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    How I Shared My Pepsi And A Smile With A Stranger

    On 8 March 2019, I bought a plastic Pepsi but couldn’t drink it before leaving the office. So I put it in my backpack to drink at home.

    On the bus, a boy sat beside me. He brought out Agege bread, squeezed it in between his palms, and started eating it.

    The boy had hunger written all over him. By stroke of reflex, I brought out my Pepsi and offered it to him. He declined.

    I opened it, drank little, and offered it to him again. This time around, he accepted.

    “Have you eaten anything before now?” I asked him.

    He shook his head in the negative, so I asked where he was going.

    “Night shift at a factory, so I need to eat now.”

    That bread was his only food. Plus, my Pepsi. For the day.

    “How old are you?”

    “16 years old.”

    I felt sad.

    I was almost pushed to ask him how much he earned, but I held myself. I guess he read my mind.

    “Thanks for the Pepsi sir, at least I have extra strength for my ₦7k work this night.”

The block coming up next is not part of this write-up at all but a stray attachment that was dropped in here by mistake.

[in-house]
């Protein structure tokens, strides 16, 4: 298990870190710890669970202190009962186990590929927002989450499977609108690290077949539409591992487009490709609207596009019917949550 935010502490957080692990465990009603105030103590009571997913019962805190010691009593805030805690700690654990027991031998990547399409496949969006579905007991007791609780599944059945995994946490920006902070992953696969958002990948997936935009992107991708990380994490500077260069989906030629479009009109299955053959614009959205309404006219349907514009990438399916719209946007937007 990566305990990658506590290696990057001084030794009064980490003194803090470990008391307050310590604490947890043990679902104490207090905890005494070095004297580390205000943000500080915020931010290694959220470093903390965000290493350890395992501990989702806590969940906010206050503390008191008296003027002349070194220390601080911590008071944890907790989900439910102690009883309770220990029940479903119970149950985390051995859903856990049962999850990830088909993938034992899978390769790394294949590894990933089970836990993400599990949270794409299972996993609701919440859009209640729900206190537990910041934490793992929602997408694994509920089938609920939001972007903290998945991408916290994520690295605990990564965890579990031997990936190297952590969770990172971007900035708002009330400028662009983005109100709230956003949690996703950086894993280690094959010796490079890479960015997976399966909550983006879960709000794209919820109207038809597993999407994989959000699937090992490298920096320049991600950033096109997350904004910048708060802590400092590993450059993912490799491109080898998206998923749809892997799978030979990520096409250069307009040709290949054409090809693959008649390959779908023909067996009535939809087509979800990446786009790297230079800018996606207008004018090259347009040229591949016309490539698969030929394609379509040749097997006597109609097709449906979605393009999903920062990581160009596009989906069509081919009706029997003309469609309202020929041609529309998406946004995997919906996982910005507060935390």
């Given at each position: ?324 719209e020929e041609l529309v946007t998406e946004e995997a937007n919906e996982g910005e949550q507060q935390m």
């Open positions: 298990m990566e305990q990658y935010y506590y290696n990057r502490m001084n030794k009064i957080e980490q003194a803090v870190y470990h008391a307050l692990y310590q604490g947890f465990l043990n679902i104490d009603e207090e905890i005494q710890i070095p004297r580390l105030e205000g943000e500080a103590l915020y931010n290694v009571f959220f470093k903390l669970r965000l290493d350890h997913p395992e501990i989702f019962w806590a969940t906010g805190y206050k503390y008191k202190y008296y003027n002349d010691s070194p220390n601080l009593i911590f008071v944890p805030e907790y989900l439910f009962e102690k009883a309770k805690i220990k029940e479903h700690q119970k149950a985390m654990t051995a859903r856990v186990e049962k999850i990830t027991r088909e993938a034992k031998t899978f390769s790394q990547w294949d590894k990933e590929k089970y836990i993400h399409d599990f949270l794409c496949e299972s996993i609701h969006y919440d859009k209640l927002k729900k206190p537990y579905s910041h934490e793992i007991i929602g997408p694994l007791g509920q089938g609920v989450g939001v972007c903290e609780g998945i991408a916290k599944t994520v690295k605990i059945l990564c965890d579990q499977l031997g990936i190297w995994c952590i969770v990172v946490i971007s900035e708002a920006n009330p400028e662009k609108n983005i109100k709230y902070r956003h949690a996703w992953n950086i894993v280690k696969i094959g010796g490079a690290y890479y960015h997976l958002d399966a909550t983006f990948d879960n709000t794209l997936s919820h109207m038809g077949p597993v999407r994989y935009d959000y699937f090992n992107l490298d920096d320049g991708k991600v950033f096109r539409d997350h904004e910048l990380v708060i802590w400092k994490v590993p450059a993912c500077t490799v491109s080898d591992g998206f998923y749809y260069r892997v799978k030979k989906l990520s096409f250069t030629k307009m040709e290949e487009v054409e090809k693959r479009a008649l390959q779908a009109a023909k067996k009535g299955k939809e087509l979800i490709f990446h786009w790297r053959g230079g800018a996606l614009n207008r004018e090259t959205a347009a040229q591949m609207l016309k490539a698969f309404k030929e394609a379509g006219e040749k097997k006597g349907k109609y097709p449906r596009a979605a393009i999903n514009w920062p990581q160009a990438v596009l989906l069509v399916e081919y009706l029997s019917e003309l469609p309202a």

“₦7k? For one night, abi?”

    “No ooo. It’s for the month.”

    Plenty of thoughts ran through my mind. How do people manage to survive in this Lagos? I have heard stories before, but I felt it was a fable. How on earth was it possible that people could go through such. But here I am.

    At his bus stop, I alighted with him.

    “Hey, can I hug you?” I asked him.

    Small tears had already circled around his eyes.

    He nodded.

    I hugged him. “You will be fine,” I whispered.

    “Before you change into your overall to work, check your back pocket.”

    He smiled.

    I smiled because he smiled. I hope whatever he found in his pocket went a long way for him.

    Martin Beck Nworah

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